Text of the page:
History of Preston Rowing Club
Chapter 5 - City Premises
Owing to the lack of accommodation at Princes Bridge and with the draining of Edwardes Park Lake for the purpose of cleaning out the weeds and erecting a stone retaining wall the club was placed in a precarious position in 1936. After several conferences on the matter it was decided to look for a site where we could have a branch boathouse on the river. After viewing several sites we decided to approach the authorities of Olympic Park for permission to erect a boathouse there. A site at the half-mile post being granted us, arrangements were entered with W. S. Neelands for the supply of material to build a fireproof shed 50 feet by 80 feet, which was built by club member Allen Downey, and finished for Henley of that year.
We are much indebted to Messrs. H. P. Zwar, Mr. Taylor, secretary of the Olympic Park Trustees, Mr. McIlroy of the Lands Department, Ray Todd, Basil Coningsby, .Mr. .McMurtrie the curator of the Park. Allen Downey, Tom Fawcett. George Lewis and the secretary of the club (Wally Johnson) for the work and consideration they gave the club in this project. During this season the members carried out many improvements to the Edwardes Park shed to make it comply with the Health Department's regulations. The billiard room was enlarged and Mr. E. W. Rose excelled himself in the way he panelled the ceiling and walls. In season 1938-39 the club was highly honoured when Arthur James was chosen to row in the Kings Cup crew. Arthur who came to the club as the result of a membership drive at the age of sixteen, started as a lightweight and reached the highest plane an oarsman can attain. Much credit is due to him, for previous to his selection he suffered a broken leg in an accident, forcing him to retire for a while.
Success beyond our greatest expectations followed the efforts of the social committee with the dance held at Holy Trinity Hall, Thornbury. It was mainly dlue to their efforts that the Olympic Park debt was liquidated and the various improvements to the sheds carried out.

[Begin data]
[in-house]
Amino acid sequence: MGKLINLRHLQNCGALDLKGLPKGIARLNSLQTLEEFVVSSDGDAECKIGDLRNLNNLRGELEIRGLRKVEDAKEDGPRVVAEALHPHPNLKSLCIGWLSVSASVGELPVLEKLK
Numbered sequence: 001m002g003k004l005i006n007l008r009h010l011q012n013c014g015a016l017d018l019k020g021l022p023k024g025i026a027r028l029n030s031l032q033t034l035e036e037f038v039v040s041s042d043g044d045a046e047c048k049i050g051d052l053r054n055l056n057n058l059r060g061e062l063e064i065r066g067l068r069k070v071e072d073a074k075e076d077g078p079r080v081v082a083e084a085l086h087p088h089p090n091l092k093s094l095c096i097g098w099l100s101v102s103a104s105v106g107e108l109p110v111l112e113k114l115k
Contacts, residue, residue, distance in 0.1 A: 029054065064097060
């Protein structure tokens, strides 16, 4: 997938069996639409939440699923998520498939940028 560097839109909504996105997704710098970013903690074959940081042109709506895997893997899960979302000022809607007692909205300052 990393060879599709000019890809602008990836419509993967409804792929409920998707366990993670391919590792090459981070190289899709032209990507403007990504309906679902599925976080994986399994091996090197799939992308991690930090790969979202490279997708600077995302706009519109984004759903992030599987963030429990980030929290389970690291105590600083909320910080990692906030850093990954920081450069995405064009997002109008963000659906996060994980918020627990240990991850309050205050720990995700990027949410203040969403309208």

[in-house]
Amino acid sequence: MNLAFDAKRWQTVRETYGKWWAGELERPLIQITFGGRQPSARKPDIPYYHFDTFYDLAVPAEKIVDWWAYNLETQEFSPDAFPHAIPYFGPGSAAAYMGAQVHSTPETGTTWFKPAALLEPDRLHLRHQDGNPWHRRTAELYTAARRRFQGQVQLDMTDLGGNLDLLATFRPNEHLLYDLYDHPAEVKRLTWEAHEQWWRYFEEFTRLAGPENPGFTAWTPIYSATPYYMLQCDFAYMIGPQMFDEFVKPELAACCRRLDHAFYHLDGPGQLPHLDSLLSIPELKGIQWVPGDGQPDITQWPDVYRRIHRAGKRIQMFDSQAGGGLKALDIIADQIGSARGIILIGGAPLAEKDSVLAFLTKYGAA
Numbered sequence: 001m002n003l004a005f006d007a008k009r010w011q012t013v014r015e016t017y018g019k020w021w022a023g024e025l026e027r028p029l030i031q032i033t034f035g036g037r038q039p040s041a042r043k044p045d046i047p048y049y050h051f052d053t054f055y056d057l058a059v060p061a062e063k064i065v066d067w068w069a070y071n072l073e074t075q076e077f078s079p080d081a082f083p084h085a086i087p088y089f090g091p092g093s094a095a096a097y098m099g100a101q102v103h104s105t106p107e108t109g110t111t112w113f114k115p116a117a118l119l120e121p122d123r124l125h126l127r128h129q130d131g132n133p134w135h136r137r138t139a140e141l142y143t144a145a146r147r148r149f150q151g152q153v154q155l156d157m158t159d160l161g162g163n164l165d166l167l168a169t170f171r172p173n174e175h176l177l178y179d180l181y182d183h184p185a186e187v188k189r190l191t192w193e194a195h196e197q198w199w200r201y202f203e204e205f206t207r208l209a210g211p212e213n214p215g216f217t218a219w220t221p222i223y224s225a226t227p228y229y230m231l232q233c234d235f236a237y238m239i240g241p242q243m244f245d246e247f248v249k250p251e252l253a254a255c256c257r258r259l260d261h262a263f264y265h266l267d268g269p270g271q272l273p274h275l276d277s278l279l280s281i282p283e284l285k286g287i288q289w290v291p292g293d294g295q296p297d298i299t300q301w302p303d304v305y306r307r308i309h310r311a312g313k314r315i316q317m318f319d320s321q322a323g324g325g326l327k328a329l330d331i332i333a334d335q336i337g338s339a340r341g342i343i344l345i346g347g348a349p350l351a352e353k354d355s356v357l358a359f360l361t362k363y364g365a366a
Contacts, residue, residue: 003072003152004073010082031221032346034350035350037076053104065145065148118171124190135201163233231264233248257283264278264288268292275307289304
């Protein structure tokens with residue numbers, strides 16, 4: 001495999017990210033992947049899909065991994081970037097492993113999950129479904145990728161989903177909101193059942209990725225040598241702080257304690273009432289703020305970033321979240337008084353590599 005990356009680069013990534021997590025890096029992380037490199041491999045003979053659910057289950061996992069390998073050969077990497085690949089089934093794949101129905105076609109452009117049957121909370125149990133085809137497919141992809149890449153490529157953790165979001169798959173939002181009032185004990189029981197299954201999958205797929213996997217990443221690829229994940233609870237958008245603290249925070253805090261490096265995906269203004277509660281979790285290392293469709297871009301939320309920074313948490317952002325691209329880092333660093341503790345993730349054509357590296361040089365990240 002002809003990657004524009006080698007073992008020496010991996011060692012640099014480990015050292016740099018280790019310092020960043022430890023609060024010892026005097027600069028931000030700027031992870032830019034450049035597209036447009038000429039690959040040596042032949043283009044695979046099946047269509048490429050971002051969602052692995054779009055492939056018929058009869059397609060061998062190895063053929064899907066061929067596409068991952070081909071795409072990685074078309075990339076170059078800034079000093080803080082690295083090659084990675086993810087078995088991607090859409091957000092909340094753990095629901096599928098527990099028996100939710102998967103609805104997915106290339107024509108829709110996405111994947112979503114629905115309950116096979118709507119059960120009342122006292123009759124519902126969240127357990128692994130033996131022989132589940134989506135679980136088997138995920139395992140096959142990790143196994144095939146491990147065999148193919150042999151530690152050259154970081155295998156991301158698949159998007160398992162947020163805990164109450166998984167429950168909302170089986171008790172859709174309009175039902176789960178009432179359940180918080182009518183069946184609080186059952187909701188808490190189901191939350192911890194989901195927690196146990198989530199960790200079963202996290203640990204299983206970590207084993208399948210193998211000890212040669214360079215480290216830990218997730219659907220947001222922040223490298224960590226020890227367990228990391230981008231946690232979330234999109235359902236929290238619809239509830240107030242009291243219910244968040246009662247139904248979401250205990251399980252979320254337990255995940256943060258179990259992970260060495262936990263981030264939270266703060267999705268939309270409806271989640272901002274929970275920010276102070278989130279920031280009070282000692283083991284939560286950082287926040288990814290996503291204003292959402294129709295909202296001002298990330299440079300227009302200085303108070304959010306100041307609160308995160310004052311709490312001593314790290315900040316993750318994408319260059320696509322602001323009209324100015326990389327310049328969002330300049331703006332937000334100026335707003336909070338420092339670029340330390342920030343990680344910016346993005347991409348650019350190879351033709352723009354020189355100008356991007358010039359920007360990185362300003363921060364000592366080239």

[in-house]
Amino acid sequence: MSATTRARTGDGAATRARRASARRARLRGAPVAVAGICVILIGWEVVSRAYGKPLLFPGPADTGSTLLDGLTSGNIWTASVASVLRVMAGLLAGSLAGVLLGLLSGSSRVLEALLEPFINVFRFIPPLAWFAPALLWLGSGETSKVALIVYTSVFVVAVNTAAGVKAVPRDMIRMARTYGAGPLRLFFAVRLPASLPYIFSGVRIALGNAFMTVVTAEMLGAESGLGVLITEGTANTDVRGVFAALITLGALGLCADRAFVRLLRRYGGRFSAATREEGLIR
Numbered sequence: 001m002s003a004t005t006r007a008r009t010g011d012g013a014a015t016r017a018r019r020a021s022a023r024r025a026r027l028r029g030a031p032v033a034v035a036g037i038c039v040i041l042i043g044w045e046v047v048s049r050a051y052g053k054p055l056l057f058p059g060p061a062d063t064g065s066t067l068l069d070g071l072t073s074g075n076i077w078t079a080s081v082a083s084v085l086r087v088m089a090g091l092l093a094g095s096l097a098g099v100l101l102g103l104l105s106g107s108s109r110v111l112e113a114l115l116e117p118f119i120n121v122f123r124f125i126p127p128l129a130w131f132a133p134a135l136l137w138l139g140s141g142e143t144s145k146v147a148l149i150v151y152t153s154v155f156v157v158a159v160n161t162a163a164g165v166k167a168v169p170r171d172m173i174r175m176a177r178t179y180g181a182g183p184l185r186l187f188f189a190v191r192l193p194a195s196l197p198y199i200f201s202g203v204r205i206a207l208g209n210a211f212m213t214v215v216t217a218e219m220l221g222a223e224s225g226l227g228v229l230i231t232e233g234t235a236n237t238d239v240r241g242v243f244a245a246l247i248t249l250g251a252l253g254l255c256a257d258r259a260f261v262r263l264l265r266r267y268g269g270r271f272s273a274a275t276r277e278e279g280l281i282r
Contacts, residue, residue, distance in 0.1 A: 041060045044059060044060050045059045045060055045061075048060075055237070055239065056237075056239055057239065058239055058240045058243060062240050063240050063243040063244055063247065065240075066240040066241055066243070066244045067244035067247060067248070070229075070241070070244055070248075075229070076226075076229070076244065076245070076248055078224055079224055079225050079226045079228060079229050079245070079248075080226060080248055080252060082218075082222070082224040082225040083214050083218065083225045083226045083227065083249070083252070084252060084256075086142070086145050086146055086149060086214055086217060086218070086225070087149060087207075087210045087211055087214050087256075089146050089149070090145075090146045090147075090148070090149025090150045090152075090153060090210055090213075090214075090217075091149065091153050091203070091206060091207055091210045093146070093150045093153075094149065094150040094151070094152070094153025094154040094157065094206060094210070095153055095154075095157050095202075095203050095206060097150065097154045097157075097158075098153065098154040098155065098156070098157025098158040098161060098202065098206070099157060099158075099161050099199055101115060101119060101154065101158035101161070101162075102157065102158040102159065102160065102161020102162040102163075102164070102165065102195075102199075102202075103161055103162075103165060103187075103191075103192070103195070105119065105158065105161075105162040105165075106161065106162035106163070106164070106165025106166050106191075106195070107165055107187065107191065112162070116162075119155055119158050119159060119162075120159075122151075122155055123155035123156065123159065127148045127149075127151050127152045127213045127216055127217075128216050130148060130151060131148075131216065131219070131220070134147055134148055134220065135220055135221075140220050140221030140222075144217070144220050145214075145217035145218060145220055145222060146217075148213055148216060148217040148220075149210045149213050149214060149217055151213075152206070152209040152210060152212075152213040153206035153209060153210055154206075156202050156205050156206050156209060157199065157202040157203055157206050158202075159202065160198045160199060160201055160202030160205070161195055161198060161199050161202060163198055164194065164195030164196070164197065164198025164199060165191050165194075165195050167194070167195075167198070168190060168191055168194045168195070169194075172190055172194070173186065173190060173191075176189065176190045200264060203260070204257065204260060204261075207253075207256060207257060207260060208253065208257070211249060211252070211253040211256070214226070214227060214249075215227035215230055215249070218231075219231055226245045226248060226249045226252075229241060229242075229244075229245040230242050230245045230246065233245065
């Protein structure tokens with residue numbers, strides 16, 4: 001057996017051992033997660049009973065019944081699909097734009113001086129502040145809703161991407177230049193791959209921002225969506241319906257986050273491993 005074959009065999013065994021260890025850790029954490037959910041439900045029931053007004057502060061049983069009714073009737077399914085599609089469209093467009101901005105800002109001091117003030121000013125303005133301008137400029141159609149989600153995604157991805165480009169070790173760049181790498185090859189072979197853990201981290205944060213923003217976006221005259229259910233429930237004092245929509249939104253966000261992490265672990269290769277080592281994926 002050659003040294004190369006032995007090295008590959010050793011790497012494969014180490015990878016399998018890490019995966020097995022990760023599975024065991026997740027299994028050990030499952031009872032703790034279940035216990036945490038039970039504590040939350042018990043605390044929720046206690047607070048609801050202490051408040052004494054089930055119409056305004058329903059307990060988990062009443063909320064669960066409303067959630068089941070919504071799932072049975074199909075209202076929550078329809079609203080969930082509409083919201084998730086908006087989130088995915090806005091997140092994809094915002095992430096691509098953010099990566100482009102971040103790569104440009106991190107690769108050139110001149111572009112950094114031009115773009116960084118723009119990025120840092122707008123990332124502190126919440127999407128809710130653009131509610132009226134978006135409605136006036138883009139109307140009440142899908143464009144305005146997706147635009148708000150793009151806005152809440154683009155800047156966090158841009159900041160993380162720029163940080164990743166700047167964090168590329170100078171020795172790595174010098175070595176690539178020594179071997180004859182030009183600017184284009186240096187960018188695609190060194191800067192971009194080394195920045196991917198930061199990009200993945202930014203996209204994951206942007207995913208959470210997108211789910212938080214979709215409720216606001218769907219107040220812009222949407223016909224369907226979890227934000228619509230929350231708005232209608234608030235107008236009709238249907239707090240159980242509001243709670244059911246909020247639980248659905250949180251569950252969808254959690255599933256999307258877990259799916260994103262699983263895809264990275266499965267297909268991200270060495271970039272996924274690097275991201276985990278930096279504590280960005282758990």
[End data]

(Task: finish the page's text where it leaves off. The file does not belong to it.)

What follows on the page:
ln 1938-39 the club had its most successful season in racing since its formation. We finished the season with eleven wins, including our first junior eight which was a double at Henley and V.R.A., and were second to Banks in the junior premiership. Power House, South .Melbourne and Heidelberg Clubs were sharing our river shed with us, and the training quarters became rather cramped during practice hours. It became necessary to add another 10 feet to the rear, this work being carried out by Messrs. G. Lewis and W. Johnson. After 5 1/2 years of success, the dance at Thornbury began to decline, and we were reluctantly compelled to close. There is no doubt at all that our great improvement over the last few years was the result of the labours of our members in this direction and our present assets are tangible proof of this.
With the outbreak or war, a more subdued tone was evident regarding social and racing activities, but a lightweight eight comprised of six novices rowed splendidly to win on April 13, 1940 and a week later were just a length behind Melbourne in the Lightweight Championship in a field of four. They were - J. Pew (bow). R. Lewis, A. Johnson, L. Burns, L. Rimes, A. Mainwaring, K. Billingham, T. Vandersluys (str.) G. Lewis (coach). This crew had an exciting experience on the Yarra one night while training. A collision occurred with another eight and our boat, City of Preston, was completely smashed front the bow seat to the bow. Nobody was hurt, however, and the boat has since been repaired. We purchased a racing eight from Xavier, in very good order, which was used in the race. This brings us to the present and we are still up and doing.
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